Whenever companies embark on their annual strategic process, the discussion invariably turns to growth. It’s often an unchallenged assumption that each year you should grow revenues, profits, market share—all of it. And why not?
Here’s why not:
Imagine being the CEO of a company for seven years. During that time, revenues shrink by 14%, unit sales by 8%, and market share by 9%. No growth story there. Yet at the same time, you turn an annual loss of $12.6B into a profit of $7.2B. That’s exactly what Alan Mulally did when he was CEO of Ford. His goal was to create a much more profitable Ford, which meant cutting product lines, closing production facilities and becoming a smaller company.
For many years, Amazon wasn’t profitable. Yet profitability wasn’t the objective. The objective was to capture market share and dominate online, retail sales. Accomplishing that was costly. It required access to an almost limitless range of products, reliable and timely distribution, and hard-to-match pricing. Yet once the objective was achieved, and once Amazon launched Amazon Prime memberships, profitability skyrocketed.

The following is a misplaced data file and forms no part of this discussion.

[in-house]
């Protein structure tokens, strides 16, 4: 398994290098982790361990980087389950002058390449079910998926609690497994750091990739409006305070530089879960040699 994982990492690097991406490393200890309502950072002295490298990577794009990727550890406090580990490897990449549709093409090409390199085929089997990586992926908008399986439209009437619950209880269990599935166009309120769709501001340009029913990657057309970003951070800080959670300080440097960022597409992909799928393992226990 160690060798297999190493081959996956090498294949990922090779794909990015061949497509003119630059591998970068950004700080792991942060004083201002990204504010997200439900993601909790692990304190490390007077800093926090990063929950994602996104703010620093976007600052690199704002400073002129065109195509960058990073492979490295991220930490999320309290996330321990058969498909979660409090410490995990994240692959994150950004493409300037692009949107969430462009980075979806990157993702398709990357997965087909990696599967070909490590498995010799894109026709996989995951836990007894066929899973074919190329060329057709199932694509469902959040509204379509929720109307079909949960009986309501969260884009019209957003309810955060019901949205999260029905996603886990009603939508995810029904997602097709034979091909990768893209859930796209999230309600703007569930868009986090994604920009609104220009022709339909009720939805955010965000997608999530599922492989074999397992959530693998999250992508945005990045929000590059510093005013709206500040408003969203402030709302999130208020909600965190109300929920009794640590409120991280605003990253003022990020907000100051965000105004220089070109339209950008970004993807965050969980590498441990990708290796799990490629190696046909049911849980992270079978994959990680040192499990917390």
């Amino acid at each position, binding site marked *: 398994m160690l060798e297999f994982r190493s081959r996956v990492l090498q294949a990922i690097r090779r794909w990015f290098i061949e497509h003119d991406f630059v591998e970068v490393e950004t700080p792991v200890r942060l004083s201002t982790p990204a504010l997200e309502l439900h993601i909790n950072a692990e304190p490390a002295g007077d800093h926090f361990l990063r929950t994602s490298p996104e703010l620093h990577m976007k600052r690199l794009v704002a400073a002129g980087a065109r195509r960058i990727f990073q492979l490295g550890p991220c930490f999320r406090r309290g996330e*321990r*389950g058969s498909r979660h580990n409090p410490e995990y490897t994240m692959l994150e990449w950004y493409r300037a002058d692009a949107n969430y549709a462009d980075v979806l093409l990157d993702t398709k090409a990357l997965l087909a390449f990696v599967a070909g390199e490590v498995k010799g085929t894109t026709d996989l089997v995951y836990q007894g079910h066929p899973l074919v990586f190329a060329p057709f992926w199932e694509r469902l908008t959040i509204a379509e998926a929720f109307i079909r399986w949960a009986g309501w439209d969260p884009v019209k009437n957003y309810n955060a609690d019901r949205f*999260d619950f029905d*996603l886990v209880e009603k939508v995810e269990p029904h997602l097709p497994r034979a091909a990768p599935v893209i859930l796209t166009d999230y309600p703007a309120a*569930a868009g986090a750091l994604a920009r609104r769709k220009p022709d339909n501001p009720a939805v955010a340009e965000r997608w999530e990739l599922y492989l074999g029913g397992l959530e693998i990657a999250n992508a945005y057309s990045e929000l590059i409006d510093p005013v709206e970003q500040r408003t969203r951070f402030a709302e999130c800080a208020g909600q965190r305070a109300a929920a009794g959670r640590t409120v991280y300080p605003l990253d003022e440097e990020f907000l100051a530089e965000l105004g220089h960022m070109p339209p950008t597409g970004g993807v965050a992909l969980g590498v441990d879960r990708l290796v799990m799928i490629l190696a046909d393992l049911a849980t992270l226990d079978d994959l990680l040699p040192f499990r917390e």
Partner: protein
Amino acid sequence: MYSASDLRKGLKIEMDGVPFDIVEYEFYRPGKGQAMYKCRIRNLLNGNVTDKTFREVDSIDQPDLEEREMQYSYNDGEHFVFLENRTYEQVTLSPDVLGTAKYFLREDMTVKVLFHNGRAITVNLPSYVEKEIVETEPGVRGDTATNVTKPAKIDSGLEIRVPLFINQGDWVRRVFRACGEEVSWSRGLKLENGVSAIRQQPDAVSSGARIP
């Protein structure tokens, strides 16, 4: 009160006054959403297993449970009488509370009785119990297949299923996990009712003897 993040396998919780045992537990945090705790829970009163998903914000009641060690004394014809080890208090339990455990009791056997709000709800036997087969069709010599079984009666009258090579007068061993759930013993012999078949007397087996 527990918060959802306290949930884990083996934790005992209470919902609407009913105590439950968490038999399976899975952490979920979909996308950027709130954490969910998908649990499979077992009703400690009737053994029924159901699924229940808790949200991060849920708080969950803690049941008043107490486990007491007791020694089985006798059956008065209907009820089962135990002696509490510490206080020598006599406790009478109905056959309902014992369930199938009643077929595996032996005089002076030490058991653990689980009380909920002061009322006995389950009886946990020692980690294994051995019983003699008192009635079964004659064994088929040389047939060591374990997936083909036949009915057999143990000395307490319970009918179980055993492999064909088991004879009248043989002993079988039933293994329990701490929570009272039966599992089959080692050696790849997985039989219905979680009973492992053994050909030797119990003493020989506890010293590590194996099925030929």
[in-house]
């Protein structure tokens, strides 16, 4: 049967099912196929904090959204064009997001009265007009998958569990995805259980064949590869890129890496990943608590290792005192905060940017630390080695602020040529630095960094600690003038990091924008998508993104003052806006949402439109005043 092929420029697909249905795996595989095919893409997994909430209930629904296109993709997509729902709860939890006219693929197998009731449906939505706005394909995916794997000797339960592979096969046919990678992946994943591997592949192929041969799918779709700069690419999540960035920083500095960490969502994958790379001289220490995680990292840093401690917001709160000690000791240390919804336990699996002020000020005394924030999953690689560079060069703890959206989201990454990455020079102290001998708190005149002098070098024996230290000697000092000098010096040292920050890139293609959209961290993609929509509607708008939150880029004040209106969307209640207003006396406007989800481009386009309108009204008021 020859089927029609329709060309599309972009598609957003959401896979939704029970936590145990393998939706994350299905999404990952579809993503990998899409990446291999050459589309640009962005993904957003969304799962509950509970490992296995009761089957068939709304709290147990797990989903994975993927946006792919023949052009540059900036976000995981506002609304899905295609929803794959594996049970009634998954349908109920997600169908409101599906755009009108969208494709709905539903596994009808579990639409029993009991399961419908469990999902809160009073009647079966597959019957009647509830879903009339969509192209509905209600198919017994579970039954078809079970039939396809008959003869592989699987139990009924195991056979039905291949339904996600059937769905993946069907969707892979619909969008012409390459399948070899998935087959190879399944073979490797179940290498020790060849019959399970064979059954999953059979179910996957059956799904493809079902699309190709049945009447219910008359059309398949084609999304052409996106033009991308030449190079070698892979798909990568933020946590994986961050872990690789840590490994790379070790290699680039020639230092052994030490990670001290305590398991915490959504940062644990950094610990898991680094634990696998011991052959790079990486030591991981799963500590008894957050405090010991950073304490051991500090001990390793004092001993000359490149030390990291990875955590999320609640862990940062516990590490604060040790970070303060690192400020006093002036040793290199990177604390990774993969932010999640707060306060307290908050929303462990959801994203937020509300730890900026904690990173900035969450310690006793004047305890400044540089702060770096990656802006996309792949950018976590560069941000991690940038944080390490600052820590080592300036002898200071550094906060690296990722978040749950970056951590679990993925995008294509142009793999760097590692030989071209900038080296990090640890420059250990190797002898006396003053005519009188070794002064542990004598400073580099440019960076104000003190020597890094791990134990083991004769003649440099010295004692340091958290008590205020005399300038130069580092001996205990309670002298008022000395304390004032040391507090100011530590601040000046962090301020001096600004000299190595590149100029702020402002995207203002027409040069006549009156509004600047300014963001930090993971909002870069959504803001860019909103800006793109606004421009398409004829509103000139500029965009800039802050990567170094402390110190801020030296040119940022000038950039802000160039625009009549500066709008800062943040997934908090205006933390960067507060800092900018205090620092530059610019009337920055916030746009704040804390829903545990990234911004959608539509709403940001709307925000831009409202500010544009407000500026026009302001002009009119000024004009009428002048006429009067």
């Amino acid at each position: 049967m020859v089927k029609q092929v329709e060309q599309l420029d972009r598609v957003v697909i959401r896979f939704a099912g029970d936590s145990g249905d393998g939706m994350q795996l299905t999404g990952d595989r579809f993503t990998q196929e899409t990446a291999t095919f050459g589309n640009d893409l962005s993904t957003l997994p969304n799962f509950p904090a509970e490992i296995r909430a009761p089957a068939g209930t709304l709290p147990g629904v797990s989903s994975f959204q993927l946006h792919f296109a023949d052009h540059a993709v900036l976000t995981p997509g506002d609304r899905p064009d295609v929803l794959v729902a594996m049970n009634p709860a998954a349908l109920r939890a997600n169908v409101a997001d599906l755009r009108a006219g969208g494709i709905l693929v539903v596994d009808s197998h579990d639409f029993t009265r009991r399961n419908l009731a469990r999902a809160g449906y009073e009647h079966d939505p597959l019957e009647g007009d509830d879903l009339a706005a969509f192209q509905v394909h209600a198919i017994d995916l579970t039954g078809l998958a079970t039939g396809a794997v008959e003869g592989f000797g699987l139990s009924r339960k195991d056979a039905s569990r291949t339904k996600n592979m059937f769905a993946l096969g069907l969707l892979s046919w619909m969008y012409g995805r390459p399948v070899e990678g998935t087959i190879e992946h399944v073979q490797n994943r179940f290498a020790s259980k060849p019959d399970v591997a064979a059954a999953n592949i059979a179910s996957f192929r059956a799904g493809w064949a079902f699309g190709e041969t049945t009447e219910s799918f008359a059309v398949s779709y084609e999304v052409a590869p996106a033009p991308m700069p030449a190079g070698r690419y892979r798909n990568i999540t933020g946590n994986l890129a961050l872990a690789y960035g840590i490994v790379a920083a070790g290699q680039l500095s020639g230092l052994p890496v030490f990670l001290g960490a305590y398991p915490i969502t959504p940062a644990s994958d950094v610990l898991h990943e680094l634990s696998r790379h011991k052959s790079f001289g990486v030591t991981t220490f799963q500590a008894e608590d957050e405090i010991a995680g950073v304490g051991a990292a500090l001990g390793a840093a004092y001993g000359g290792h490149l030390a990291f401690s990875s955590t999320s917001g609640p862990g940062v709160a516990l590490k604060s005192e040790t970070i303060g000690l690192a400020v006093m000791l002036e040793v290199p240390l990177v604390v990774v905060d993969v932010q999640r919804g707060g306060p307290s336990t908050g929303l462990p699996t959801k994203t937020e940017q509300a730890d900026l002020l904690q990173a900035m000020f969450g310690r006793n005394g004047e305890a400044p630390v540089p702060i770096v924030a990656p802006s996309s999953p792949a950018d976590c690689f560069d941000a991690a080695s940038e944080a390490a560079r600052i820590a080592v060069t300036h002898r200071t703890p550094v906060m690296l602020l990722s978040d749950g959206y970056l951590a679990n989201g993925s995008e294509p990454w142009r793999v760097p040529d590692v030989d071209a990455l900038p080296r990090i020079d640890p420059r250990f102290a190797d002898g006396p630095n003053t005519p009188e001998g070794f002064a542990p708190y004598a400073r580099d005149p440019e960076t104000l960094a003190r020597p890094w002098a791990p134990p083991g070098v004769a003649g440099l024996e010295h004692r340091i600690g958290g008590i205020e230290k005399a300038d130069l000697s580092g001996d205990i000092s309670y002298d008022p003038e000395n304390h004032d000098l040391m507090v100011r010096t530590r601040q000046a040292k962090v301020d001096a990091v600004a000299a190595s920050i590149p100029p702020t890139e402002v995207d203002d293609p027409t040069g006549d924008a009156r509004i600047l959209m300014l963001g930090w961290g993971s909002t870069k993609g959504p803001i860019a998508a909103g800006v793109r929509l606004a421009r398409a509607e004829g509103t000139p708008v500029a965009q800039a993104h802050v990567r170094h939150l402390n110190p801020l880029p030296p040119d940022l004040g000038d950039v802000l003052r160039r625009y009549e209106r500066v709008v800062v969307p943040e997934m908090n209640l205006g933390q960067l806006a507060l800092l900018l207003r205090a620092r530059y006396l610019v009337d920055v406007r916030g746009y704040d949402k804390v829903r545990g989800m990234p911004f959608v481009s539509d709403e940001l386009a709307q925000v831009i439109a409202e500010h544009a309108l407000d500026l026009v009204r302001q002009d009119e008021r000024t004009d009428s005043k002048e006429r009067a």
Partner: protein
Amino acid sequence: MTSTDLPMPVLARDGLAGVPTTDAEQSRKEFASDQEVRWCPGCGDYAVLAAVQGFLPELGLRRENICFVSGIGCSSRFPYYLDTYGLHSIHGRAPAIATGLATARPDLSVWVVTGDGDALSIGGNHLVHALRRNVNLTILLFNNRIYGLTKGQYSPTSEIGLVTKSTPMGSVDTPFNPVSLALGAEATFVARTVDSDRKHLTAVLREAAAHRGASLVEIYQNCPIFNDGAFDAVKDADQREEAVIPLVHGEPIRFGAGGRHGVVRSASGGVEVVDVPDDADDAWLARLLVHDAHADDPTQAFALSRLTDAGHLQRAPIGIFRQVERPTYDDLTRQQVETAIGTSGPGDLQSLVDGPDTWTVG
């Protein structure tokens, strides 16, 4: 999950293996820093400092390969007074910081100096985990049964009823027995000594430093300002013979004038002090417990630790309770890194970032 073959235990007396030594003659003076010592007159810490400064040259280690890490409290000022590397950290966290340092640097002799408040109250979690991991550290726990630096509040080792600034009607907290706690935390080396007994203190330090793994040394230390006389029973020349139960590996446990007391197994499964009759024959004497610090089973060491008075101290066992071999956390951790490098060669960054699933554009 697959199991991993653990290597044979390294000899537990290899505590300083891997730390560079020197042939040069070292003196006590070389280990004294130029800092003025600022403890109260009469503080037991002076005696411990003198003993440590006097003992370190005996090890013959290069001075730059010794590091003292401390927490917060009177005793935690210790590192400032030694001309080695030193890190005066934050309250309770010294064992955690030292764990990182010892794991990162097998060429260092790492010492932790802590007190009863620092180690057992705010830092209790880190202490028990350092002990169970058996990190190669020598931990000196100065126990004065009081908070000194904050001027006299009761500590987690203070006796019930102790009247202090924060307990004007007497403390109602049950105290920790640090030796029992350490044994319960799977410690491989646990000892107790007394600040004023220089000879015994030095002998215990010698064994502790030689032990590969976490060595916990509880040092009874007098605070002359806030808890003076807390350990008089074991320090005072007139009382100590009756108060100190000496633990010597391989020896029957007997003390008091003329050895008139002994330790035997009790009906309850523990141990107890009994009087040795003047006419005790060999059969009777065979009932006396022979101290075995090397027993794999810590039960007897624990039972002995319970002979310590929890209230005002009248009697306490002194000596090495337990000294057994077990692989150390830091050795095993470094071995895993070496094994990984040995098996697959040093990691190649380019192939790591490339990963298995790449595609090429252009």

Sometimes it makes strategic sense to grow profits, not revenues, not market share. Other times it makes strategic sense to grow market share, not profits. In each case, strategy provides the why that drives the decision about what to grow.
Research shows that one of the main reasons successful companies fail is they get caught up in the undisciplined pursuit of more¹. It’s what happens when growth becomes the purpose of a business, instead of the outcome of a purposeful and well-designed business.
So, should you grow each year? Yes, but be strategic about what to grow and why. Engage in the disciplined pursuit of more.
Make it happen.
¹ “How the Mighty Fall”, by Jim Collins
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